As Marni said, attendance in EPCOT was increasing. But Disney execs were panicking, largely because of a new, fleeting, hollow paradigm in pop culture. If you read the entertainment trade press at the time, it's laughable - every corporation was obsessed with being "edgy" and "in-your-face" and catering to the "MTV generation" (think Poochy). It's a great example of a moment when execs in multiple companies become obsessed with a new idea that was blown out of all reasonable proportion and failed to examine the assumptions that lay behind it. The preoccupation with "edginess" wasn't an idea that stemmed from a rational appraisal of market changes and a consideration of the long-term health of entertainment companies, it was a mass of groupthink and catchphrases that resulted in stupid decisions. And here was Disney, faced with "edgy," "in-your-face" Universal. Oh No! We have to cater to the teenage audience, the only one that matters!! Tear down that stodgy EPCOT and build some poorly-thought out new rides, quick! And all of this foolishness was tied to Eisner's weakening corporate position and a lot of other things going on within the company.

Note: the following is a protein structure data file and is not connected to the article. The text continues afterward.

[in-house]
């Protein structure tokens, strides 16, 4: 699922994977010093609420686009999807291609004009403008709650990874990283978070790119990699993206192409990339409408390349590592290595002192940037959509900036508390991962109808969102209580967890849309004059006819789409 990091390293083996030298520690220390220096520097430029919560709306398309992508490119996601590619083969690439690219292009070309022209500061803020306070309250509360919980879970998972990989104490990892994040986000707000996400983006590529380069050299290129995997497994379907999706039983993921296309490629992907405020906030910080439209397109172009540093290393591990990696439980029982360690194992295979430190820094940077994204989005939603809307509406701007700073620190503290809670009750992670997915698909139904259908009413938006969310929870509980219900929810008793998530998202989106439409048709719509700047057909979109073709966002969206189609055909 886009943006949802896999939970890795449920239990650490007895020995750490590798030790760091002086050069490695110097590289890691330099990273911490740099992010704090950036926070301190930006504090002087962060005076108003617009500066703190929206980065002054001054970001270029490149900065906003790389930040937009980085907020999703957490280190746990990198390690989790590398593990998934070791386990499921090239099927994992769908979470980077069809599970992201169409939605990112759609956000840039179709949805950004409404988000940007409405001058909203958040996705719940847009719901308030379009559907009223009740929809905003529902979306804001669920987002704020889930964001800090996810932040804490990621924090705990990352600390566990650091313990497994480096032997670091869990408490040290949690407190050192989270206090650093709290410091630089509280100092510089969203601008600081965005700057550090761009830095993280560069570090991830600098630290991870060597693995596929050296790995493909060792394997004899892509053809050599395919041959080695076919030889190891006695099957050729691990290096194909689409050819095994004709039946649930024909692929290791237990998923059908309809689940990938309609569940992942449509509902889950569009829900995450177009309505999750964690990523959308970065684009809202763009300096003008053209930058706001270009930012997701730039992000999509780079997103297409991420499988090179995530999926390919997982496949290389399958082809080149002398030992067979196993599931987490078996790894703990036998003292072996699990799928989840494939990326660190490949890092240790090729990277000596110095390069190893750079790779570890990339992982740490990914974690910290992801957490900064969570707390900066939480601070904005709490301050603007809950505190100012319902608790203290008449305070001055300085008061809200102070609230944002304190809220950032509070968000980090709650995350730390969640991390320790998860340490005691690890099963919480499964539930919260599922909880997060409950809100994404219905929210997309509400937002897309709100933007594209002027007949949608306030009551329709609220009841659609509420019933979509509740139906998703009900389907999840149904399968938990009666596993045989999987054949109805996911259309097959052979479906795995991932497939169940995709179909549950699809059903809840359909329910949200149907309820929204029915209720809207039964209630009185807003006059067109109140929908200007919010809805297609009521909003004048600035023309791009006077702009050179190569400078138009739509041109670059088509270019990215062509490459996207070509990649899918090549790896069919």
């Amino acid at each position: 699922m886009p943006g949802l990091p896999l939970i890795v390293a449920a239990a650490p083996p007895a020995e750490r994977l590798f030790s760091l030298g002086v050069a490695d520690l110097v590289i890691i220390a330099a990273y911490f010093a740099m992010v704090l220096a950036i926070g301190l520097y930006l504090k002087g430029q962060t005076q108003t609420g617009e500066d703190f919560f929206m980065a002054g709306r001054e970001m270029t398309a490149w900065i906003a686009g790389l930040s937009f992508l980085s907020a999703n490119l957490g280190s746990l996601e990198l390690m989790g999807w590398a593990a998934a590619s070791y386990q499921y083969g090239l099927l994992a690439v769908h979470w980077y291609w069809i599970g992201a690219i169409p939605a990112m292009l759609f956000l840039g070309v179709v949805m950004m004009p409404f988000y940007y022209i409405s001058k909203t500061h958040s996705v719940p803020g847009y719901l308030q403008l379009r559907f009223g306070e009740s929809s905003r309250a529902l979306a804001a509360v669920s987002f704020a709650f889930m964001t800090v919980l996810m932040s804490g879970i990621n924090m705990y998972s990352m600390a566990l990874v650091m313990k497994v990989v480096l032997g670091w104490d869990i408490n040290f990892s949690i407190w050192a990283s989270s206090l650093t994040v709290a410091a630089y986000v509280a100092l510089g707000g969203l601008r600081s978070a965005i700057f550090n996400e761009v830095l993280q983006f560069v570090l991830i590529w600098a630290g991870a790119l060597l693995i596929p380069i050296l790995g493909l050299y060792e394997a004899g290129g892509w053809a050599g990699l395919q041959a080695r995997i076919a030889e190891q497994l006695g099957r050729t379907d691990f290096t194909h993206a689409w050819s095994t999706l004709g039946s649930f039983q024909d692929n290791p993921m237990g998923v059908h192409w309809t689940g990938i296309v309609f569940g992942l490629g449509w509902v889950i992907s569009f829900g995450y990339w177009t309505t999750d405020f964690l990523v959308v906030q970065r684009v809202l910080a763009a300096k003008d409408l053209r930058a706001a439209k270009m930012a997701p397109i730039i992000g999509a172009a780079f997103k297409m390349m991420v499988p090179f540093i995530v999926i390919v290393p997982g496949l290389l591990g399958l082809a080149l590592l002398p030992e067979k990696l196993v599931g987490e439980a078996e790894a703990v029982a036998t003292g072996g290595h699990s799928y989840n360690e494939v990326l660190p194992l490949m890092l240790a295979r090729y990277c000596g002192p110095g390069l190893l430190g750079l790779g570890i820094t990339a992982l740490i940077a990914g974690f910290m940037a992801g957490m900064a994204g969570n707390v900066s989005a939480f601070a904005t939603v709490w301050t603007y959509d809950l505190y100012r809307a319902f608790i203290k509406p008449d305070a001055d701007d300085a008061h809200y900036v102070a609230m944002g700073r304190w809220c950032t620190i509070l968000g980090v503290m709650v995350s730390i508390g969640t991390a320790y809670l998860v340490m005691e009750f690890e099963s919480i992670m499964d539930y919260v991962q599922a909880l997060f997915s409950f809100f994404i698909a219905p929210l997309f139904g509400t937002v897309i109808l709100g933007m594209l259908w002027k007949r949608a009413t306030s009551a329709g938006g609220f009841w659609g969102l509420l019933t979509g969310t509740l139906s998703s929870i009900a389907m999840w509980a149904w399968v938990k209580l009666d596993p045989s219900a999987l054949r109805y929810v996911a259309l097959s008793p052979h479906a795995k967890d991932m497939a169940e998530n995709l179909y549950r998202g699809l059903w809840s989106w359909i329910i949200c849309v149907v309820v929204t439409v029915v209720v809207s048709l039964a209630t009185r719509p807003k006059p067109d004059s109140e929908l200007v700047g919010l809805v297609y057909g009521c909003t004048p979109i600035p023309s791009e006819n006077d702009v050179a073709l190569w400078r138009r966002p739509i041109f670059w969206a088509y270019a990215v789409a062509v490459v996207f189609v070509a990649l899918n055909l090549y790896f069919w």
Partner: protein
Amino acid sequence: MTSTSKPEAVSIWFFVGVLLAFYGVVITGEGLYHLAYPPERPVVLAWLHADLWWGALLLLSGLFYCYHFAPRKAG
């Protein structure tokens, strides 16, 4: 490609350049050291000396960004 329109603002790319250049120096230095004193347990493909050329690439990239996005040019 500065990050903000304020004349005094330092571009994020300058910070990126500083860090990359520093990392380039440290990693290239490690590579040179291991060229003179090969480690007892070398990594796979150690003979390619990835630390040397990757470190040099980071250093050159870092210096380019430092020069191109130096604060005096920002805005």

EPCOT was killed by bad executive decisions stemming from a deeply flawed corporate culture.

And as to MGM, it shows that the same situation persists. They ARE adding - as little as they feel they can get away with, while removing good attractions to save money, and with no concern for a unified theme. TSL is a big neon sign that the same stupidity that killed EPCOT and resulted in the stagnation of the parks for over a decade still drives decision-making.
 

marni1971

WDW History nut
Premium Member
I don't think SSE is in any danger of drastic change. Some, yes, and needed, but, overall it is thought of as essential to the life of the park as a heart is to a human.